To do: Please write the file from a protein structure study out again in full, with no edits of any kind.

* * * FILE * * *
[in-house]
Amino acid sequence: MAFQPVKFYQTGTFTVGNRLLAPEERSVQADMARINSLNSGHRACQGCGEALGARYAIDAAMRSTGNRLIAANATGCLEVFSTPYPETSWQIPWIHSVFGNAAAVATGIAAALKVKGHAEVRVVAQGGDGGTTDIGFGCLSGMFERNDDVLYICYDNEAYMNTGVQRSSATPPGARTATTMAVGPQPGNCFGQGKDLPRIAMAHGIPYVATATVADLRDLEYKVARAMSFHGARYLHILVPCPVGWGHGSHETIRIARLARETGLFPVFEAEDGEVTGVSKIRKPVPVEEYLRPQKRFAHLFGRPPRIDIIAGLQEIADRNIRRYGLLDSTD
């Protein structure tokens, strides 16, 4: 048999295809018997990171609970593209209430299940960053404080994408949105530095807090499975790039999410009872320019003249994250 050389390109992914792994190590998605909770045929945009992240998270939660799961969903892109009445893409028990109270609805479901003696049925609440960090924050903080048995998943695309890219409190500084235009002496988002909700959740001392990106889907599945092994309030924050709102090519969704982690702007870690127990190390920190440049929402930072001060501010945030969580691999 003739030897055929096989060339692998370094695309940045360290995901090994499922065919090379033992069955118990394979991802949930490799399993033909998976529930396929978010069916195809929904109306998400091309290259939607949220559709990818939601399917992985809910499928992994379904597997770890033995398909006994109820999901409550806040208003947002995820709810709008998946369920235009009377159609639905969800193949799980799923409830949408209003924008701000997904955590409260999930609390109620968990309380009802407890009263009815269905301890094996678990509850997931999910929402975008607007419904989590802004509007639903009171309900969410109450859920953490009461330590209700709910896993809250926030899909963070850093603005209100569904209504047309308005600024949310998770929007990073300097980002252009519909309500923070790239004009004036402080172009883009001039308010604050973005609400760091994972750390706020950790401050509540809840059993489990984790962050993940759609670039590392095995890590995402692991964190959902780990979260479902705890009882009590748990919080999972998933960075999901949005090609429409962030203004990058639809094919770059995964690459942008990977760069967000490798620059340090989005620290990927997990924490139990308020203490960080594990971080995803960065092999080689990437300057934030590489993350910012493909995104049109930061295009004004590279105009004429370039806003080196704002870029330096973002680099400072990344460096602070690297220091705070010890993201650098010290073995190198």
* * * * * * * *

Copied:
[in-house]
Amino acid sequence: MAFQPVKFYQTGTFTVGNRLLAPEERSVQADMARINSLNSGHRACQGCGEALGARYAIDAAMRSTGNRLIAANATGCLEVFSTPYPETSWQIPWIHSVFGNAAAVATGIAAALKVKGHAEVRVVAQGGDGGTTDIGFGCLSGMFERNDDVLYICYDNEAYMNTGVQRSSATPPGARTATTMAVGPQPGNCFGQGKDLPRIAMAHGIPYVATATVADLRDLEYKVARAMSFHGARYLHILVPCPVGWGHGSHETIRIARLARETGLFPVFEAEDGEVTGVSKIRKPVPVEEYLRPQKRFAHLFGRPPRIDIIAGLQEIADRNIRRYGLLDSTD
């Protein structure tokens, strides 16, 4: 048999295809018997990171609970593209209430299940960053404080994408949105530095807090499975790039999410009872320019003249994250 050389390109992914792994190590998605909770045929945009992240998270939660799961969903892109009445893409028990109270609805479901003696049925609440960090924050903080048995998943695309890219409190500084235009002496988002909700959740001392990106889907599945092994309030924050709102090519969704982690702007870690127990190390920190440049929402930072001060501010945030969580691999 003739030897055929096989060339692998370094695309940045360290995901090994499922065919090379033992069955118990394979991802949930490799399993033909998976529930396929978010069916195809929904109306998400091309290259939607949220559709990818939601399917992985809910499928992994379904597997770890033995398909006994109820999901409550806040208003947002995820709810709008998946369920235009009377159609639905969800193949799980799923409830949408209003924008701000997904955590409260999930609390109620968990309380009802407890009263009815269905301890094996678990509850997931999910929402975008607007419904989590802004509007639903009171309900969410109450859920953490009461330590209700709910896993809250926030899909963070850093603005209100569904209504047309308005600024949310998770929007990073300097980002252009519909309500923070790239004009004036402080172009883009001039308010604050973005609400760091994972750390706020950790401050509540809840059993489990984790962050993940759609670039590392095995890590995402692991964190959902780990979260479902705890009882009590748990919080999972998933960075999901949005090609429409962030203004990058639809094919770059995964690459942008990977760069967000490798620059340090989005620290990927997990924490139990308020203490960080594990971080995803960065092999080689990437300057934030590489993350910012493909995104049109930061295009004004590279105009004429370039806003080196704002870029330096973002680099400072990344460096602070690297220091705070010890993201650098010290073995190198």